Aspherical Elements4
AutofocusAutofocus
BrandNikon
CompatibilityFull Frame
Diameter3.1″
Extra Low-Dispersion Elements1
Filter Size72.0mm
Focal Length24.0-24.0
Groups/Elements10/12
Hood IncludedYes
Image StabilizationNo
Item TypeLens
Length3.8
Lens TypeWide Angle
Max Aperture1.8
Maximum Magnification0.15x
Minimum Aperture16.0
Minimum Focusing Distance0.8feet
MountNikon Z
Weight1.0 lb.

In our review, we state:

“The Nikon 24mm f1.8 Z was used extensively in the rain. In fact, we kept it out for a few hours and it kept working. I was very thoroughly impressed previously with how good the build quality of Nikon’s lenses are, but this blew me away. Photographers who need to shoot in less than ideal conditions will feel relieved that this lens will keep working.”

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Tamron 24mm f2.8 Di III RXD

ModelF051
Focal Length24mm
Maximum Aperturef2.8
Angle of View (diagonal)*84°04′
Optical Construction10 elements in 9 groups
Minimum Object Distance4.7 in (0.12m)
Maximum Magnification Ratio1:2
Filter SizeØ67mm
Maximum DiameterØ73mm
Length**64mm (2.5 in.)
Weight7.6 oz (215g)
Aperture Blades7 (circular diaphragm)**
Minimum Aperturef22
Standard AccessoriesLens hood (Flower-shaped), Lens caps
Compatible MountsSony E-mount

In our review, we state:

“Despite the plasticky feel, the Tamron 24mm f2.8 Di III OSD M1:2 is robustly built. The weather-sealing on this lens performed as advertised. Neither torrential downpours nor freezing temperatures had negative effects on the Tamron 24mm f2.8’s performance. Like its 35mm counterpart, the focusing ring just felt too loose. Added resistance when turning would make manual focusing more precise. This is particularly important for long exposure work.”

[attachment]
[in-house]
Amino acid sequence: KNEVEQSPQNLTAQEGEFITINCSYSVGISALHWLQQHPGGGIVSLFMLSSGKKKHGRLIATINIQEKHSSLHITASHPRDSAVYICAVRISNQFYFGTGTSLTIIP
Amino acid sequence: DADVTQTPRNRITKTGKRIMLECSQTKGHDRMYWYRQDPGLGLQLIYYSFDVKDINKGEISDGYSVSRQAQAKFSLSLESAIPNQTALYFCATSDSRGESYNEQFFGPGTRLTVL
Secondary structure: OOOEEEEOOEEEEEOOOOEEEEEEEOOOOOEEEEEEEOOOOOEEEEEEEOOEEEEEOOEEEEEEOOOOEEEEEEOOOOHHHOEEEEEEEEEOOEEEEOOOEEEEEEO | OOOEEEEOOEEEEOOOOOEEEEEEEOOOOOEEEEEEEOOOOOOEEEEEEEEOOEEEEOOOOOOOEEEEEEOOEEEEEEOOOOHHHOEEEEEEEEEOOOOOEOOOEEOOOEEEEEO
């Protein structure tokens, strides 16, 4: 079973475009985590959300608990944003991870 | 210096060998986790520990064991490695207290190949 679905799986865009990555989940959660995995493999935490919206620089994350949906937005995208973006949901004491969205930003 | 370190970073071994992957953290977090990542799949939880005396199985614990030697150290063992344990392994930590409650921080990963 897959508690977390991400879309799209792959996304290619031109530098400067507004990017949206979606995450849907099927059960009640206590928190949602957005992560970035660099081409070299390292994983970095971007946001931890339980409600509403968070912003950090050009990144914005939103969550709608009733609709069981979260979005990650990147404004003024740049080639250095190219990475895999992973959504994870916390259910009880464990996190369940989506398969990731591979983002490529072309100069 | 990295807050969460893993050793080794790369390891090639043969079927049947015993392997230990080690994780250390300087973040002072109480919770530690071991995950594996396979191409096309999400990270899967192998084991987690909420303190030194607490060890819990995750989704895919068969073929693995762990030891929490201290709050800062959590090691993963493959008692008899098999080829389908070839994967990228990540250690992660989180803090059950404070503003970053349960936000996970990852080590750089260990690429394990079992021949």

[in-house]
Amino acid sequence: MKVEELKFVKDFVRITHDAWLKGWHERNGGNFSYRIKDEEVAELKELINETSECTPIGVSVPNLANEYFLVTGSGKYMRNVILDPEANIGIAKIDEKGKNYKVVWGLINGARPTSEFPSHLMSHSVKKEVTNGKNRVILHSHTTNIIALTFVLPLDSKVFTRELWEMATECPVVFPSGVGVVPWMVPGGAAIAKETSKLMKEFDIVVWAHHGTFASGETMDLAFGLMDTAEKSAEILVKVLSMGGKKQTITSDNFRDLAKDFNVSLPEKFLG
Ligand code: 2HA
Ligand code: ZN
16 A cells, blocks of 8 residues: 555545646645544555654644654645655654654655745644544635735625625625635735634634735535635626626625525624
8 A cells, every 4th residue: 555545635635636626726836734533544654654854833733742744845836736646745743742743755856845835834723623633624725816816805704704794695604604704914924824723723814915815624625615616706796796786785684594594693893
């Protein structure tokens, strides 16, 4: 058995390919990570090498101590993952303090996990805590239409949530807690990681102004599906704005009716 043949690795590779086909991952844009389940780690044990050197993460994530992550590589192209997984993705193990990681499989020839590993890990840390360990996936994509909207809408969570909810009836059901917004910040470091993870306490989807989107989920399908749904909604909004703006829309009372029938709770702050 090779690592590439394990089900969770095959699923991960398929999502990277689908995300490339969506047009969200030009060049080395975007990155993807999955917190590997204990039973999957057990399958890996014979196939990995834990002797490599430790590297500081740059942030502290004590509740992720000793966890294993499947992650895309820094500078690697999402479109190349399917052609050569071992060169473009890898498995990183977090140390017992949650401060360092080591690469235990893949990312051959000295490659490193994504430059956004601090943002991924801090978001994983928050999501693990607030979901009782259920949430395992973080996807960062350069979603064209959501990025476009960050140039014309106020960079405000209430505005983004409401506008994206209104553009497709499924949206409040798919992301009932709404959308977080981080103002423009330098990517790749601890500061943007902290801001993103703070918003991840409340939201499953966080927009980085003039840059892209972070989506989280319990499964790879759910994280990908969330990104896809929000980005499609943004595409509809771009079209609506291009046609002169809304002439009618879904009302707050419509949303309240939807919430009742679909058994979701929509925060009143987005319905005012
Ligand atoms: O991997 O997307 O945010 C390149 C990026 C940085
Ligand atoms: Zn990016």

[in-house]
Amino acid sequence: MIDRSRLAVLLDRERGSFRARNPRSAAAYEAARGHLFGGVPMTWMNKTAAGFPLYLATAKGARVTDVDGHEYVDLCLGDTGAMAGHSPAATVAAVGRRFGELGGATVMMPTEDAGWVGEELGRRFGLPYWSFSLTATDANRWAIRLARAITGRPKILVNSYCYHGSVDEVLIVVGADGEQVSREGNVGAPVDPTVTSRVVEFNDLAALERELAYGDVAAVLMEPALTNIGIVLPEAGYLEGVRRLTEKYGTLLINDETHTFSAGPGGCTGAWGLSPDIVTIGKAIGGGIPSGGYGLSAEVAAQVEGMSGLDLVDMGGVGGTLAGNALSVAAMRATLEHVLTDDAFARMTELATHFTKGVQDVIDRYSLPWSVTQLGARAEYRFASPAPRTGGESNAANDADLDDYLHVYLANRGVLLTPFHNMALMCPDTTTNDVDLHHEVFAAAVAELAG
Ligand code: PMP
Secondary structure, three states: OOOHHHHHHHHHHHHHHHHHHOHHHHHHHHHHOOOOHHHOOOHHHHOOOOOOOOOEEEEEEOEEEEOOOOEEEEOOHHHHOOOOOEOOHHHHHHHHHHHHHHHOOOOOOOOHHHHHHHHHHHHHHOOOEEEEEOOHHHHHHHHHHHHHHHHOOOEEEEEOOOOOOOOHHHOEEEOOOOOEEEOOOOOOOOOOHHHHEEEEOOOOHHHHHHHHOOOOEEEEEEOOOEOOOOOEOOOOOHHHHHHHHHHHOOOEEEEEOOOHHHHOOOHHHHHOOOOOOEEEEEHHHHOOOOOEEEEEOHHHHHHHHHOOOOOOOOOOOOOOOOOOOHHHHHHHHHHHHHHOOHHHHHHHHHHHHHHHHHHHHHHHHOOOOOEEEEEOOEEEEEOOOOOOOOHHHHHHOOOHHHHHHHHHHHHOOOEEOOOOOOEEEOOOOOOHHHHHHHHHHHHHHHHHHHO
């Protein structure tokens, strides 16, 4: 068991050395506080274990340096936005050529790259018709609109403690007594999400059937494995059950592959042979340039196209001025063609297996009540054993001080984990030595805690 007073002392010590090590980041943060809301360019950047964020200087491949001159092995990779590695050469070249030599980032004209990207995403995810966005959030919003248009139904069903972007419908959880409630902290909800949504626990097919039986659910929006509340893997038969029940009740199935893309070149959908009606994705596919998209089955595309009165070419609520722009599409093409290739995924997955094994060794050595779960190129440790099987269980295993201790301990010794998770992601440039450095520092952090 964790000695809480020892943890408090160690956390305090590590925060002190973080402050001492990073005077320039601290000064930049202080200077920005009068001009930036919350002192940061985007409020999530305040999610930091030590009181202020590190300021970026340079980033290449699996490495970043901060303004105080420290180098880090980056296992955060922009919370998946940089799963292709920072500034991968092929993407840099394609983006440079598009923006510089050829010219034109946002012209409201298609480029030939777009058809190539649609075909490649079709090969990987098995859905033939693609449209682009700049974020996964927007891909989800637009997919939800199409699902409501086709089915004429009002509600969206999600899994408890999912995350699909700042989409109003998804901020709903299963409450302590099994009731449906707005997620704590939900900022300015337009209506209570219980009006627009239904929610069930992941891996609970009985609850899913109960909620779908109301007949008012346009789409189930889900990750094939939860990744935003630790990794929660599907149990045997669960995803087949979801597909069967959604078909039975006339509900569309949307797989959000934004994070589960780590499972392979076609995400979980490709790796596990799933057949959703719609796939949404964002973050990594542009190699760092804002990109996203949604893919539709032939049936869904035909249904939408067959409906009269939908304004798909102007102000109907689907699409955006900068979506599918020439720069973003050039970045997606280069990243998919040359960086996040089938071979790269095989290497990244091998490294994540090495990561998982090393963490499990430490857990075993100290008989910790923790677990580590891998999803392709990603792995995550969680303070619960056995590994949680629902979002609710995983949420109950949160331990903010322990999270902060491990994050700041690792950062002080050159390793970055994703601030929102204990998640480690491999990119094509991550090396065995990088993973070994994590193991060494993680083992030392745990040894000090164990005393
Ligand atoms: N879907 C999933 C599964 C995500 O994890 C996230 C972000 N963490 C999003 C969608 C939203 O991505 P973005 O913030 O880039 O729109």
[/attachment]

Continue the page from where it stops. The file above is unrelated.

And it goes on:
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Fujifilm 16mm f1.4 R WR (24mm Equivalent in APS-C)

Performance
Focal Length16mm
Comparable 35mm Focal Length: 24 mm
ApertureMaximum: f/1.4
Minimum: f/16
Camera Mount TypeFujifilm X mount
Format CompatibilityAPS-C
Angle of View83.2°
Minimum Focus Distance5.91″ (15 cm)
Magnification0.21x
Elements/Groups13/11
Diaphragm Blades9, Rounded
Features
AutofocusYes
Physical
Filter ThreadFront:67 mm
Dimensions (DxL)Approx. 2.89 x 2.87″ (73.4 x 73 mm)
Weight13.23 oz (375 g)
Packaging Info
Package Weight1.65 lb
Box Dimensions (LxWxH)7.0 x 6.1 x 5.4″

In our review, we state:

“We took this lens and the X-T1 out into a heavy rainfall here in NYC and proud to say that the camera and lens are still working together very well. Indeed, the weather resistance moniker holds up. But besides the fact that it can shrug off the rain, the lens feels great in the hand. The focusing ring is smooth, the aperture ring has decent clicks, and it just feels like a solid lens meant to do lots of work. For what it’s worth though, the rings are nowhere as nice-feeling as Leica’s, Voigtlander’s and Zeiss’s. The advantage that Fujifilm’s rings have over the others though has to do with the grooves that allow the rings to be easily gripped. While Leica’s focusing tabs can also be rather nice, the more conventional way to shooting is also preferred sometimes.”

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Chris Gampat

Chris Gampat is the Editor in Chief, Founder, and Publisher of the Phoblographer. He also likes pizza.